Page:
April 6, 2011| The Long Island Catholic Vol. 50, No. 1 | BISHOP WILLIAM MURPHY
(Reprinted from TLIC March 4, 2009)
In my letter for the holy season of Lent, I took my cue from the Holy Father’s message and reflected briefly with you about the great gifts that fasting and a spirit of fasting can bring to us in this Lenten period. The following week, I offered a few thoughts about almsgiving and charity, those acts which “cover a multitude of sins” because they are the ways in which we demonstrate our love and concern for our neighbors, especially the poor, the forgotten, the vulnerable.
The third “pillar” of our Lenten journey is the very one the Lord himself enjoins on us in the sixth chapter of Matthew’s Gospel. There, as a part of the “Sermon on the Mount,” the Lord reminds us to pray, “and when you pray … go into your room and your heavenly Father who hears in private will hear your prayer.”
Prayer is an integral part of the life of every disciple of Christ. As children we learned first to bless ourselves, then the Our Father and Hail Mary. When our parents first brought us to Sunday Mass we began to experience prayer in the context of the Church, that most wonderful of prayers, the Mass, which is the source and summit of our lives as members of the Body of Christ. In time, certain devotions, the rosary above all, but novenas to the Sacred Heart and Our Lady of Perpetual Help, devotion to the saints all became a part of our lives of prayer. As we grew older we were shown various ways to pray: “lectio divina,” the quiet and careful meditation on the words of Scripture which we let sink into our hearts and inform our hearts and minds; contemplation of the divine mysteries and the giving of oneself in union of prayer that goes beyond words. “Heart speaks to heart.”
St. John Chrysostom has a beautiful reflection on prayer in which he writes, “Prayer is the light of the soul, giving us true knowledge of God. It is a link mediating between God and man. By prayer the soul is borne up to heaven and in a marvelous way embraces the Lord. This meeting is like that of an infant crying on its mother and seeking the best of milk. The soul longs for its own needs and what it receives is better than anything to be seen in this world.” (Homily 6 on prayer)
It strikes me that prayer flows from trust and hope. The trust we have in the God who loves us makes us eager to turn to Him in all our needs and all our aspirations. That trust blossoms forth in a hope full of longing, a hope that is strong and constant because we “know the One in whom we have placed our trust.” He is Jesus the Lord through whom the Father “pours His spirit into our hearts so that we may call Him, Abba, Father.”
When we pray we are truly “at home.” Literally we were “at home” when our parents first taught us our prayers. But we also were literally “at home” when first we came to our parish church to be introduced to the worship of the Church and to take part Sunday after Sunday in the greatest act of prayer and worship there can be: the Eucharist, the Holy Sacrifice of the Mass. Whether it be in the privacy of our own room or joined with our brothers and sisters at Mass or in study groups of the Bible or in small prayer groups, walking by ourselves or stopping for a moment to be with the Lord, we are always “at home” when we are praying. For we who are His People are the family of God. He is our Father and we His children. Therefore every prayer is the prayer of a member of the family and is heard by God as the cry of the “baby seeking from its mother the best of milk.”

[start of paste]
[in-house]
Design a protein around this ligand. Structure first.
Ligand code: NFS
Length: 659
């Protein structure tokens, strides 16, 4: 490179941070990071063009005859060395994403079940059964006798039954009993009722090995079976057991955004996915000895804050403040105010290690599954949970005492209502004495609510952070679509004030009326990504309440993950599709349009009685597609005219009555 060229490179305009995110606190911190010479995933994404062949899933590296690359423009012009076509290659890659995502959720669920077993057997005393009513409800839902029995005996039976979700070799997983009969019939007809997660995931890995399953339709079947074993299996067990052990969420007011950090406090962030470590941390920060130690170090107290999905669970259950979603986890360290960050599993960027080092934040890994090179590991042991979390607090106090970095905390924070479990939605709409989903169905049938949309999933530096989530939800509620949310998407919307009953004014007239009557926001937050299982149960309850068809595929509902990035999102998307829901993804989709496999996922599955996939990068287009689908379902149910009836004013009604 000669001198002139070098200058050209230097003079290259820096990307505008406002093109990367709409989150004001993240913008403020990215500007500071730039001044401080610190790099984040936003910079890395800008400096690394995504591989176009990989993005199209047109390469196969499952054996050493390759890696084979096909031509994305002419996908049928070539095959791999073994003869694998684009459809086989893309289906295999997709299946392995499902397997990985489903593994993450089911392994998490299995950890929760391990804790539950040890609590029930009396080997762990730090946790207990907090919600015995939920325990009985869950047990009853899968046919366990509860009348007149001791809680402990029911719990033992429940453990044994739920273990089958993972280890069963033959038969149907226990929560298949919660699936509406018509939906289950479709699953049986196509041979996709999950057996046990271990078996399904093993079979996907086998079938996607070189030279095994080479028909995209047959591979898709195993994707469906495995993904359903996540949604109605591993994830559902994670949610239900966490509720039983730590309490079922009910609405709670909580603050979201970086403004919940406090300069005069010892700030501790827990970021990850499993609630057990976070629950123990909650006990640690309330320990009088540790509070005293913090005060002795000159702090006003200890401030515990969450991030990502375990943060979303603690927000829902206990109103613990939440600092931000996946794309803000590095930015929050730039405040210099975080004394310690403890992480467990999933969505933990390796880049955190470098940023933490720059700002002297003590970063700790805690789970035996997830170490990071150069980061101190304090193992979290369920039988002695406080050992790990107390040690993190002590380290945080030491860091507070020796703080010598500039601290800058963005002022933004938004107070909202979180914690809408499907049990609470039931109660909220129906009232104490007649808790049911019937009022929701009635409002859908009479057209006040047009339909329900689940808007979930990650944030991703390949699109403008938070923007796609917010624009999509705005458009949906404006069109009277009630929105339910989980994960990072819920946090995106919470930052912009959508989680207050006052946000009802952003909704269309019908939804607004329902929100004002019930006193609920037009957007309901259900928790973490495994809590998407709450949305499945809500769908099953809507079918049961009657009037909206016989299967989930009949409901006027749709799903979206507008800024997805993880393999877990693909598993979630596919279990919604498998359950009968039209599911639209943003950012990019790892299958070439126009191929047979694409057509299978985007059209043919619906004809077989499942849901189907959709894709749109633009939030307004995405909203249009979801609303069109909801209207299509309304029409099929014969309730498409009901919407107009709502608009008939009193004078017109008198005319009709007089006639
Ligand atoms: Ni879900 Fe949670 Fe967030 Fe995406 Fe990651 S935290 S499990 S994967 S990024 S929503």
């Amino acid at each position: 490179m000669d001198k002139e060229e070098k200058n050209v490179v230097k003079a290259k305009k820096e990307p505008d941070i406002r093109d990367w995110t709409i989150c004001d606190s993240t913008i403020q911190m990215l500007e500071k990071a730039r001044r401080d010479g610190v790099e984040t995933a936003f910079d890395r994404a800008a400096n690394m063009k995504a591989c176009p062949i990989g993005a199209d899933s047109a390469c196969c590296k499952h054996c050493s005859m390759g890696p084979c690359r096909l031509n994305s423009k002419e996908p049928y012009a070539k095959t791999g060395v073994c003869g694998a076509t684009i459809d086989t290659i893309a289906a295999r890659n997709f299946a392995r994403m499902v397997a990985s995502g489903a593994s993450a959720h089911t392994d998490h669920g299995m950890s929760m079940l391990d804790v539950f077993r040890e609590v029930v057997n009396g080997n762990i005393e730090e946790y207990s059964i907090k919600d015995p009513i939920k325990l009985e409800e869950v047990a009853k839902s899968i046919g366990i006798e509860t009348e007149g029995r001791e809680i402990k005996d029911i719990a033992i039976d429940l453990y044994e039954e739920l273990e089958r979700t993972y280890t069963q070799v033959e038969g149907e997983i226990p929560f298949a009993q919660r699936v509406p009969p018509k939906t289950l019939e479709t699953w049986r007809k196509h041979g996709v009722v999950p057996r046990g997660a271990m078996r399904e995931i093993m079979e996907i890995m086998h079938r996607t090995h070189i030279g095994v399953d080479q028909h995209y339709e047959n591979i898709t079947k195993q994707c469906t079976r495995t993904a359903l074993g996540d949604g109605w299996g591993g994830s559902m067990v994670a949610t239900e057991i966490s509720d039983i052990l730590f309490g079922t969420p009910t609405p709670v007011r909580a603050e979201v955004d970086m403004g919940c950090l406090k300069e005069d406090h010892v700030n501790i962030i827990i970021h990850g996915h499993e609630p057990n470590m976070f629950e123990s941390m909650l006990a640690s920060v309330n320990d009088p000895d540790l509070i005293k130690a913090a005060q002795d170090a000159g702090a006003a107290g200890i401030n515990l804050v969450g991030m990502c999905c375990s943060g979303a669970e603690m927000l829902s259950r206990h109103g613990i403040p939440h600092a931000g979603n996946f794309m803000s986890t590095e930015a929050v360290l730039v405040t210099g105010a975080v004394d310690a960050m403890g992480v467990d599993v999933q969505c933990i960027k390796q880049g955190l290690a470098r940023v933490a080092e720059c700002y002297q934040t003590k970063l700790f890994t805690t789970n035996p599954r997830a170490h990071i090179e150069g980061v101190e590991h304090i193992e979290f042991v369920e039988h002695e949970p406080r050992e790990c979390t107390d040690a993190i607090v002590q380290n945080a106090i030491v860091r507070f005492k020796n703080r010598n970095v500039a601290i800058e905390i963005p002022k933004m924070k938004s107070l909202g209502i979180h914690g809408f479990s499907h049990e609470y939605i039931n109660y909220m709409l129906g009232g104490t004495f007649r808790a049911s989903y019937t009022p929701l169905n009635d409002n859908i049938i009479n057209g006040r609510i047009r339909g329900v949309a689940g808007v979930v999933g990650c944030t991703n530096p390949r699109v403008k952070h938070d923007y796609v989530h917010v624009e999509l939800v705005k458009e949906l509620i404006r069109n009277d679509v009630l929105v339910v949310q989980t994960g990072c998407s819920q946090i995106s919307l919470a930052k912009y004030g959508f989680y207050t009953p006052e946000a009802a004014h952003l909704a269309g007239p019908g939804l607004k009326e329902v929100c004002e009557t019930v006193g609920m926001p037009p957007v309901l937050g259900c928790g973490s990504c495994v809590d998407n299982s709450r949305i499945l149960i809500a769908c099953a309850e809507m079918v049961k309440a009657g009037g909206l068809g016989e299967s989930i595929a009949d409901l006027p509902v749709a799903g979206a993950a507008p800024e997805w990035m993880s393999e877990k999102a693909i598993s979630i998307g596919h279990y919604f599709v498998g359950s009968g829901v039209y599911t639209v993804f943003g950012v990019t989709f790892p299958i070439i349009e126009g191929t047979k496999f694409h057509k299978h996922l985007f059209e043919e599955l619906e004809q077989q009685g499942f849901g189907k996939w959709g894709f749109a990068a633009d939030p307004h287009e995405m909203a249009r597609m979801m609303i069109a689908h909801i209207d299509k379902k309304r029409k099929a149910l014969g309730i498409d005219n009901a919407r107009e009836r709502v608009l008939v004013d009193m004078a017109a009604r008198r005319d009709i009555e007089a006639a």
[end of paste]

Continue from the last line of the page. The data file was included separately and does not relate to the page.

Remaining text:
All prayer is good. The prayers we memorized as children and use all through our lives are not “less worthy” because they are prayers we at times may say by rote. While many of us confess that we pray only when we “need something,” there is nothing wrong with asking God for a special intention or seeking the help of Mary, the angels and the saints for whatever might be our need. What we should remember, however, is that as members of this family we have been taught to say thank you, and so “thank you” prayers should spring from our hearts and be formed on our lips at least as often as “asking” prayers.
No prayer is more extraordinary and wonderful than the Mass and, united with it, the celebration of the sacraments. Here we are most ourselves, most “at home.” For when we gather to offer the Eucharist we are the Body of Christ, joined to Christ our Head offering the sacrifice of our Lord and Savior to the Father. We pray to Him. We pray with Him and in Him. And He prays for us all in the great hymn of thanksgiving to the Father for the great deeds of the Lord which have made us into this holy Church, this community of communion.
We pray as well in our homes or with friends or in any group whatsoever. We do so confident that “where two or three are gathered together” He is in our midst. Remember too that when we pray seemingly alone, we first should recognize that we never are. For we are always with Him Whose love is the Spirit in our hearts, the Spirit who guides us into all good things, the Spirit that makes us one.
This Lent I pray we all will pray and pray and pray again, alone or in groups, with the Scriptures or through our devotions, especially the rosary, in union with our brothers and sisters in the whole Church and, above all, together in the Eucharist. The Lord will be with us as we “paint our soul with trust and hope, with modesty and humility, making it splendid with justice” and overflowing with prayerful love of God and of our neighbor.